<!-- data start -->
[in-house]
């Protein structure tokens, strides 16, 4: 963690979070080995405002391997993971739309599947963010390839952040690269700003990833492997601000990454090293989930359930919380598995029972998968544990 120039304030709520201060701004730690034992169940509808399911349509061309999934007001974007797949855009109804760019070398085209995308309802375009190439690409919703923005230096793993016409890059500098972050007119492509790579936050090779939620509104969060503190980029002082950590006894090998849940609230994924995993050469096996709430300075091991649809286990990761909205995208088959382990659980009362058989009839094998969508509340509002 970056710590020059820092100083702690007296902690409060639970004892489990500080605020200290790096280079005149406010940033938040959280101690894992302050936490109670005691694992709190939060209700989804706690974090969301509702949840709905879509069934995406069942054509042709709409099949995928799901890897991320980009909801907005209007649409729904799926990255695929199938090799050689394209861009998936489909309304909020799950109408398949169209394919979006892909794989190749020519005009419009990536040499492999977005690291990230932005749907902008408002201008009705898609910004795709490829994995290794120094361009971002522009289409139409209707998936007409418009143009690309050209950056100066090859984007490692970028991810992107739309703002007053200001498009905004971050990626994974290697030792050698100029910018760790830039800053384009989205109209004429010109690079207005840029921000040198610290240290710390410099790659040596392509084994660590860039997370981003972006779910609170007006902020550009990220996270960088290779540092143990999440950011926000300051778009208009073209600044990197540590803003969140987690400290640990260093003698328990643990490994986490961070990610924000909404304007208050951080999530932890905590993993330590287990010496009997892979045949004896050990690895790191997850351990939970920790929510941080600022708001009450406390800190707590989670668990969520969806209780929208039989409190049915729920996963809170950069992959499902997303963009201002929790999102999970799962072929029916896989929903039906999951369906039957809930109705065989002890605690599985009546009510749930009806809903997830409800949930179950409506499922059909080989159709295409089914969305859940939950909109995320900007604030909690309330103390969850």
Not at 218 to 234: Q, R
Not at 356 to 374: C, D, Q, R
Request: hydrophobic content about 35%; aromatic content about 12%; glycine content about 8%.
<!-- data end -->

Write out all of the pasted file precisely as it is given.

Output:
[in-house]
């Protein structure tokens, strides 16, 4: 963690979070080995405002391997993971739309599947963010390839952040690269700003990833492997601000990454090293989930359930919380598995029972998968544990 120039304030709520201060701004730690034992169940509808399911349509061309999934007001974007797949855009109804760019070398085209995308309802375009190439690409919703923005230096793993016409890059500098972050007119492509790579936050090779939620509104969060503190980029002082950590006894090998849940609230994924995993050469096996709430300075091991649809286990990761909205995208088959382990659980009362058989009839094998969508509340509002 970056710590020059820092100083702690007296902690409060639970004892489990500080605020200290790096280079005149406010940033938040959280101690894992302050936490109670005691694992709190939060209700989804706690974090969301509702949840709905879509069934995406069942054509042709709409099949995928799901890897991320980009909801907005209007649409729904799926990255695929199938090799050689394209861009998936489909309304909020799950109408398949169209394919979006892909794989190749020519005009419009990536040499492999977005690291990230932005749907902008408002201008009705898609910004795709490829994995290794120094361009971002522009289409139409209707998936007409418009143009690309050209950056100066090859984007490692970028991810992107739309703002007053200001498009905004971050990626994974290697030792050698100029910018760790830039800053384009989205109209004429010109690079207005840029921000040198610290240290710390410099790659040596392509084994660590860039997370981003972006779910609170007006902020550009990220996270960088290779540092143990999440950011926000300051778009208009073209600044990197540590803003969140987690400290640990260093003698328990643990490994986490961070990610924000909404304007208050951080999530932890905590993993330590287990010496009997892979045949004896050990690895790191997850351990939970920790929510941080600022708001009450406390800190707590989670668990969520969806209780929208039989409190049915729920996963809170950069992959499902997303963009201002929790999102999970799962072929029916896989929903039906999951369906039957809930109705065989002890605690599985009546009510749930009806809903997830409800949930179950409506499922059909080989159709295409089914969305859940939950909109995320900007604030909690309330103390969850």
Not at 218 to 234: Q, R
Not at 356 to 374: C, D, Q, R
Request: hydrophobic content about 35%; aromatic content about 12%; glycine content about 8%.